Indeed the effect is precisely the opposite of what self-righteous criticism produces, namely a deepening blindness with regard to my own expressions of whatever fault I am pointing out in others married to a swelling pride at being found so much superior.

The best writers of history intuitively (or perhaps intentionally) treat their subjects with this kind of moral sensitivity. They do not fall into moral relativism, which may be an enjoyable intellectual hobby for rich and comfortable Westerners, but is insufferable in the face of actual evil. Neither do they unleash a full one-dimensional moral tirade against historical villains, painting them as uniformly evil characters. Rather they preserve the humanity of both heroes and villains, allowing for nuance and being honest about the shortcomings of the heroes as well as the positive qualities of the villains, all while writing with a sense of moral clarity. This kind of history proves informative and beneficial to the reader. It is humbling, sobering, inspiring.

Moving from history to the contemporary, we can apply this idea to so many current cultural issues. For example, I see a lot of folks these days eager to tear down statues of people who, terribly flawed and implicated in evil as they may have been, are nevertheless in many ways their betters. Leaving aside the specific arguments for or against any particular monument, or even for the taking down of statues in general, I just want to point out that this kind of fury, this kind of one-dimensional judgment of those in the past, is spiritually dangerous for all the reasons described above.

To take an example from the opposite side of the culture wars, we have the phenomenon of so many conservative religious leaders who were so thundering in their denouncing of sexual immorality being revealed to be sexually immoral themselves. Zacharias, Falwell, Hybels, and the list goes on and on. We all know such failures do not happen overnight. So we have someone publicly denouncing a sin in others that they are not just struggling against but positively nurturing in their own hearts.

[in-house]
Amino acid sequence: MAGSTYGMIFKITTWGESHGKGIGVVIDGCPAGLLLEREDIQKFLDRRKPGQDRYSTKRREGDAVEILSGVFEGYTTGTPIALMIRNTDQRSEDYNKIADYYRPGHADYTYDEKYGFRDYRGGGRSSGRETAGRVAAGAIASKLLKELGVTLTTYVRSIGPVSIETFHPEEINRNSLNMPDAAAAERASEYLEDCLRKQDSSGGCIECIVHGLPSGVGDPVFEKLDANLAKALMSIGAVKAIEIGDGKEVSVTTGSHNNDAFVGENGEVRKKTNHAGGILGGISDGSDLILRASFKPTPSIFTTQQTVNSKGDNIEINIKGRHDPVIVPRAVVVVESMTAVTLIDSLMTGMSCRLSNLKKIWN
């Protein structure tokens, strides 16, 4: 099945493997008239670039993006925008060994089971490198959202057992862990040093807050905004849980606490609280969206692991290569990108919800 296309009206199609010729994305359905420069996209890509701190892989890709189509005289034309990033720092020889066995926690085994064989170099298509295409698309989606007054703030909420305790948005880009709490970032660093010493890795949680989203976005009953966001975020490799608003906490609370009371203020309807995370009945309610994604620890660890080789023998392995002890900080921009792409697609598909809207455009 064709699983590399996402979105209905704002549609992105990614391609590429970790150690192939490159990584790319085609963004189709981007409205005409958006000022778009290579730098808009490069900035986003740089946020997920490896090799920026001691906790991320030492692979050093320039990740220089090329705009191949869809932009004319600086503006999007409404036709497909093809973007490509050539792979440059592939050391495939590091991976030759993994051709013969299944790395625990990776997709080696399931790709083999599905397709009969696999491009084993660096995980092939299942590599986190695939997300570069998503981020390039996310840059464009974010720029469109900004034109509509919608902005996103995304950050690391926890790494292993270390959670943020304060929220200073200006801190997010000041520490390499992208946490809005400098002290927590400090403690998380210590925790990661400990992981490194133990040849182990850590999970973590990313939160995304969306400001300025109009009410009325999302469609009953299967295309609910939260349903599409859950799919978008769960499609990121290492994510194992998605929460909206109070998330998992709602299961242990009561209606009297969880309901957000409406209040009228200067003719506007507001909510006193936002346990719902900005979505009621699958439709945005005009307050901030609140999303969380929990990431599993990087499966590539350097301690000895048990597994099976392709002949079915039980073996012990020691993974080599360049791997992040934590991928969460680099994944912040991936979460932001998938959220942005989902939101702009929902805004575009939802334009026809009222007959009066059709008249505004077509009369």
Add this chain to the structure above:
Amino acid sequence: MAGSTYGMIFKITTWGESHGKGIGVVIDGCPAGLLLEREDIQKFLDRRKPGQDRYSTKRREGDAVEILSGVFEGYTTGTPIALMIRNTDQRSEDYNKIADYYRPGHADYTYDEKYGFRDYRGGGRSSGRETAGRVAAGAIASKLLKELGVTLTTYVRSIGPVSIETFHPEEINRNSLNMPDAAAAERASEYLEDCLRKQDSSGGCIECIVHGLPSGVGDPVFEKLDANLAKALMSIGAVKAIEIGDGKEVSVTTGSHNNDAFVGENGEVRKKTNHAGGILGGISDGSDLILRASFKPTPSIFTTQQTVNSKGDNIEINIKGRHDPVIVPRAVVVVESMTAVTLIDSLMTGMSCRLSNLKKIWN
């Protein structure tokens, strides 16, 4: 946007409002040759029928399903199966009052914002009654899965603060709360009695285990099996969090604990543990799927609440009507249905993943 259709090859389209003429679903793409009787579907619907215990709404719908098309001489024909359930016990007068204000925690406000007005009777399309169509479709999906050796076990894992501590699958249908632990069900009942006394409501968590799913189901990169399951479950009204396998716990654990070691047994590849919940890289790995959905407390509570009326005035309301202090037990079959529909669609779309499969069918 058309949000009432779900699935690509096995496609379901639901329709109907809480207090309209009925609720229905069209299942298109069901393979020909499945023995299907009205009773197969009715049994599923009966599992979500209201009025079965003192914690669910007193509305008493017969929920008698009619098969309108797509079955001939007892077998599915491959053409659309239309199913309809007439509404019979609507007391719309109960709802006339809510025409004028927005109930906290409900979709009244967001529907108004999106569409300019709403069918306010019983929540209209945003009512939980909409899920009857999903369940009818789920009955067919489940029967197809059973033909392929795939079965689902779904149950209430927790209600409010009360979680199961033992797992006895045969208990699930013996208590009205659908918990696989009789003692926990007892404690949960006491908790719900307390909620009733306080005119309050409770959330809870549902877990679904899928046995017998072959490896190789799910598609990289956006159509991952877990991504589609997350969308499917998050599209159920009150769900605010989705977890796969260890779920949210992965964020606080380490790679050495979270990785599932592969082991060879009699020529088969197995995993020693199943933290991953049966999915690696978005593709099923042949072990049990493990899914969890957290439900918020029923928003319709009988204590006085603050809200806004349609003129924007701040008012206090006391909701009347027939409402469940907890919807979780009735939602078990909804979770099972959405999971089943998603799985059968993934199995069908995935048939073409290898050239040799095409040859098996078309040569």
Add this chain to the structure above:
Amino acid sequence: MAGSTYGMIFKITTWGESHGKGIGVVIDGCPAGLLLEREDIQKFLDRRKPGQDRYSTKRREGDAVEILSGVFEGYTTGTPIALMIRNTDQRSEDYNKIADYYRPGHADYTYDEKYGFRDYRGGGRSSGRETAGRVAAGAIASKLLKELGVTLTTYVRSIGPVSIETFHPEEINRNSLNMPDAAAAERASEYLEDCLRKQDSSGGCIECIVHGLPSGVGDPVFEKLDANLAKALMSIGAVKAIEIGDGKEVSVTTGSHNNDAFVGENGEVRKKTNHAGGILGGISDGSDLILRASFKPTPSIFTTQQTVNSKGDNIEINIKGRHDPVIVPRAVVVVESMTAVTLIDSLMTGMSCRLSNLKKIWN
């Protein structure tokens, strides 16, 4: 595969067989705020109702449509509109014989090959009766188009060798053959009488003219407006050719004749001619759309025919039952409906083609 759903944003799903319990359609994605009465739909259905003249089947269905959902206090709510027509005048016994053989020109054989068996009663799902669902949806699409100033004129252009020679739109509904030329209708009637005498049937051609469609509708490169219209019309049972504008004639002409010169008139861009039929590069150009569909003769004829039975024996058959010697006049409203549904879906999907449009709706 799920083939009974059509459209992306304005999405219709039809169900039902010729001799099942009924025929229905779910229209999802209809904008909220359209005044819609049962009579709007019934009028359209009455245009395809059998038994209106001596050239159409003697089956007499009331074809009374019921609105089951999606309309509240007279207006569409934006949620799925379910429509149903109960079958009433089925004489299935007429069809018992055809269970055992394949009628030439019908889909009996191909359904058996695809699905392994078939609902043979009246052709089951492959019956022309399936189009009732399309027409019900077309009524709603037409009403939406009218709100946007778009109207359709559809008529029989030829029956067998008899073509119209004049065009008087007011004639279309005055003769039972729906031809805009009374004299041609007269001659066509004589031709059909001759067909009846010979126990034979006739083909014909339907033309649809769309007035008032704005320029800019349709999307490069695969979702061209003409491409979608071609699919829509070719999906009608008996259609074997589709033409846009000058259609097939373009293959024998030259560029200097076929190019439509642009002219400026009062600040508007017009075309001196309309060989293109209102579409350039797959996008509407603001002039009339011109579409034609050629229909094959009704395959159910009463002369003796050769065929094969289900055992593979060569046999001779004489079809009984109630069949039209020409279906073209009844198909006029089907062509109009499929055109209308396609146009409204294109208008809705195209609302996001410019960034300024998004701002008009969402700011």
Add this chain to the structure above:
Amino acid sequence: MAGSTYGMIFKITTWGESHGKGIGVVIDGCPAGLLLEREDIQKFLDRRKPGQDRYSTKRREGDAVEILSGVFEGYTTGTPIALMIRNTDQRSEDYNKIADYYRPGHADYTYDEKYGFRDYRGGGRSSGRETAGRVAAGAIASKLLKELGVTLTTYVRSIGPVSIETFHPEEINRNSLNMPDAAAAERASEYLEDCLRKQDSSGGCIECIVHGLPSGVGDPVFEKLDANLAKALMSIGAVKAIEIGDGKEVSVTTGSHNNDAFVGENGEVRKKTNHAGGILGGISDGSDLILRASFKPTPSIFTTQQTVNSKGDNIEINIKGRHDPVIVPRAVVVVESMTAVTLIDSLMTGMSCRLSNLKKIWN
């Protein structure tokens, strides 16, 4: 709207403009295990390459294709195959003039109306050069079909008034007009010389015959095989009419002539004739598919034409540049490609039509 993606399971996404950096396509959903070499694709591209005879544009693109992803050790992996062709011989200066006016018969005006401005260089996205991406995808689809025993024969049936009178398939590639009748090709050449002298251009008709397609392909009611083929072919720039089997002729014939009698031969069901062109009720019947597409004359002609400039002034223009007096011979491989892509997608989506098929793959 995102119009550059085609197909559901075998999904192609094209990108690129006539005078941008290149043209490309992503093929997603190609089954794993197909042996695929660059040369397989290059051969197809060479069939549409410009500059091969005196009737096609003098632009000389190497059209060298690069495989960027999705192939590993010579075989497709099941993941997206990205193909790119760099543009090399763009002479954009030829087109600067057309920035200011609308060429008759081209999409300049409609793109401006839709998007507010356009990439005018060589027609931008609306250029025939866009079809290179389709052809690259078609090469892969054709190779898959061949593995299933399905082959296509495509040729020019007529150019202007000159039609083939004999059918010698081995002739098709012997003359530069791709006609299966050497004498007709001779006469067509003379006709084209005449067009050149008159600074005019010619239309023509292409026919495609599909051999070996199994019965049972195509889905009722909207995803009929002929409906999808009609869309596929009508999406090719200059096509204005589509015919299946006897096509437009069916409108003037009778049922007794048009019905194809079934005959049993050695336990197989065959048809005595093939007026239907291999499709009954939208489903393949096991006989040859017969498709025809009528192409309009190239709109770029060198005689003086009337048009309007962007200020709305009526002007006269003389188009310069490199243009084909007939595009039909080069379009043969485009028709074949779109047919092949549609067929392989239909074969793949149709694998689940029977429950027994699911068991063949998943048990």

This can happen on the political left as much as on the right, both inside and outside the church. But from my perspective, which is admittedly conservative, it does seem to be a particularly fashionable attitude among progressives on the left these days. If you think I’m wrong about that, let me know why in the comments.

In the next and last post on chronological snobbery I’ll discuss some ideas I’ve appreciated from the writing of Craig Carter.

Peter Nimble

There is lots to love about this book. A great title, a great first line, and moments of brilliance throughout. The story moves at a fine clip and carries the reader along to an exciting finish. My kids read this book as part of their schooling and they adored it, so I wanted to read it also. I can see why they were taken with it! It certainly leaves the reader wondering what will happen next at each chapters’ end. And while I enjoyed reading this book, I wanted to enjoy it more. There were a few hindrances and shortcomings that impeded that enjoyment. As a debut novel, I say bravo and well done! If I were to write a first novel this good, I’d be a happy man indeed. And so I offer some thoughts – in a spirit of constructive criticism – on what kept this book from being, to my mind, on par with the classics.